The well-maintained and easy track goes through a private forest, follows the Hackett Creek and the Miner River, and requires three river crossings (all bridged) to get to the Falls which actually consist of two lots. The first (lower) waterfall is reached within five minutes’ past the third bridge. The second (upper) waterfall is seen in five minutes’ further walk. Understandably, the waterfalls are breath-taking after rain.
A beautiful picnic area on the top of the hill is reached within five minutes of further walking from the upper waterfall.
50 – 70 years old
How lucky are bird’s?! Not only can they fly but they get the best views!! As a human the closest we might get (and it’s pretty darn close) is a scenic flight over this diversely picturesque region.
Several options of helicopters and fixed wing planes keep the prices reasonable for such an all-encompassing experience. One that stands out is the warmly professional Golden Bay Air, based in Takaka but which also operates out of Nelson or Motueka airports.
They offer several options but for the ultimate flight experience, you can view the rich diversity of the region’s landscapes in the 100-minute Grand Tour over the towering peaks, alpine tarns and lush native bush of Kahurangi National Park, the wild coastline of the West Coast, the shifting sand dunes and extraordinary shape of Farewell Spit, the stunning contrasts of turquoise waters and golden sands of the Abel Tasman, and the orderly patchwork of horticulture – hops, vineyards, berry farms and orchards. Just beautiful.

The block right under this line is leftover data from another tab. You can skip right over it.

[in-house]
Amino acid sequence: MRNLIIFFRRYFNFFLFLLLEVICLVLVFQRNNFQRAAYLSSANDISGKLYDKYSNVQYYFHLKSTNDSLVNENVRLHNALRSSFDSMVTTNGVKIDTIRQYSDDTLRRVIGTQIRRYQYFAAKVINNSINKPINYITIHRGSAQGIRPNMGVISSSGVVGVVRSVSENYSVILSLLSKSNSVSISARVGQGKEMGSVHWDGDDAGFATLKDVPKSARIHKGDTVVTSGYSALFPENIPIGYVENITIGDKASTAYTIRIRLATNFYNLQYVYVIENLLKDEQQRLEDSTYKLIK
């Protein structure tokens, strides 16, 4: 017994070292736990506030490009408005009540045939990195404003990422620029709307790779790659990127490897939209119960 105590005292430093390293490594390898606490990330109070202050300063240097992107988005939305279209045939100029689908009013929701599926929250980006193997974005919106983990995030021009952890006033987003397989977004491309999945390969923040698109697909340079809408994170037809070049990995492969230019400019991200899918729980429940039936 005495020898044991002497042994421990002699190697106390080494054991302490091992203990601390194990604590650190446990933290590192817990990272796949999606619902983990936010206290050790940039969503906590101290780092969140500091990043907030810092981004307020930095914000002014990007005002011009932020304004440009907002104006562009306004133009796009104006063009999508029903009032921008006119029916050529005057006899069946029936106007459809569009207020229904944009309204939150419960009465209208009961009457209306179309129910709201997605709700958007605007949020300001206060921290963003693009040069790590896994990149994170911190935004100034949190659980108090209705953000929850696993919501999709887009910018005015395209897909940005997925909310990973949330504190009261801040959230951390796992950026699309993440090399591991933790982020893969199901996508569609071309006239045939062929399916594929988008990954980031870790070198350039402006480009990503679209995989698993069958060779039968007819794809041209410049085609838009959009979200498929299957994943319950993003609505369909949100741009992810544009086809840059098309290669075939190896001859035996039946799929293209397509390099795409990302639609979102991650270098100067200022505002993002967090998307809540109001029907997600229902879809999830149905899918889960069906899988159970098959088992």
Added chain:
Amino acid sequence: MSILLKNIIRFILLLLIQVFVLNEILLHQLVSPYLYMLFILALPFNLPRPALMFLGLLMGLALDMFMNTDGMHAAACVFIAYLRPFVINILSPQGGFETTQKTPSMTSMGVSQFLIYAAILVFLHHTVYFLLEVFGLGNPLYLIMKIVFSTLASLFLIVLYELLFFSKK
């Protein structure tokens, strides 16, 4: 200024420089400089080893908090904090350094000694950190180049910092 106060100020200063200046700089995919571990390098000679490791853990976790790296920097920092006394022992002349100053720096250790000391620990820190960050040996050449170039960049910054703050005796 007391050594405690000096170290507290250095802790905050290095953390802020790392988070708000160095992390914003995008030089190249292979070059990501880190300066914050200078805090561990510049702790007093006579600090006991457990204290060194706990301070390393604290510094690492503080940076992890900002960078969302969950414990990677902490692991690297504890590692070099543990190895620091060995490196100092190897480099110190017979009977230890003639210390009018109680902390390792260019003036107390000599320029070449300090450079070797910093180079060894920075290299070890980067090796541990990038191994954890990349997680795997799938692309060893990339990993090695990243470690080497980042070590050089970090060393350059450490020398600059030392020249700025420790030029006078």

There are so many reasons to love The Suter Art Gallery: a collection of national significance, with local, national and international art spanning over 200 years as well as a lively Events and exhibitions calendar; it’s mindful design; its outstanding, oft-bustling café; and its close physical connection to the both the city and Queens Gardens.
Originally opened in 1899 and now the oldest gallery in continuous use in the country, a two-year, $12m revamp was completed by October 2016 resulting in a space with modern, clean lines that encompasses the original brickwork and lofty wooden roof of the main original gallery room. (And just for the record, its full name is Bishop Suter Memorial Art Gallery - Te Aratoi o Whakatū.)
So that’s the detailed, formal information: in more simple terms, it’s a space that makes you feel good to be. (And the café’s salted caramel square is its own special artform.)
The Gallery protrudes ever so gently into the charming Queens Garden, a botanical park opened in 1892 to commemorate Queen Victoria’s 50th jubilee, and a stroll through completes a perfect outing.
For more great inspiration on things to do and see in Nelson, check out our Local Guides page.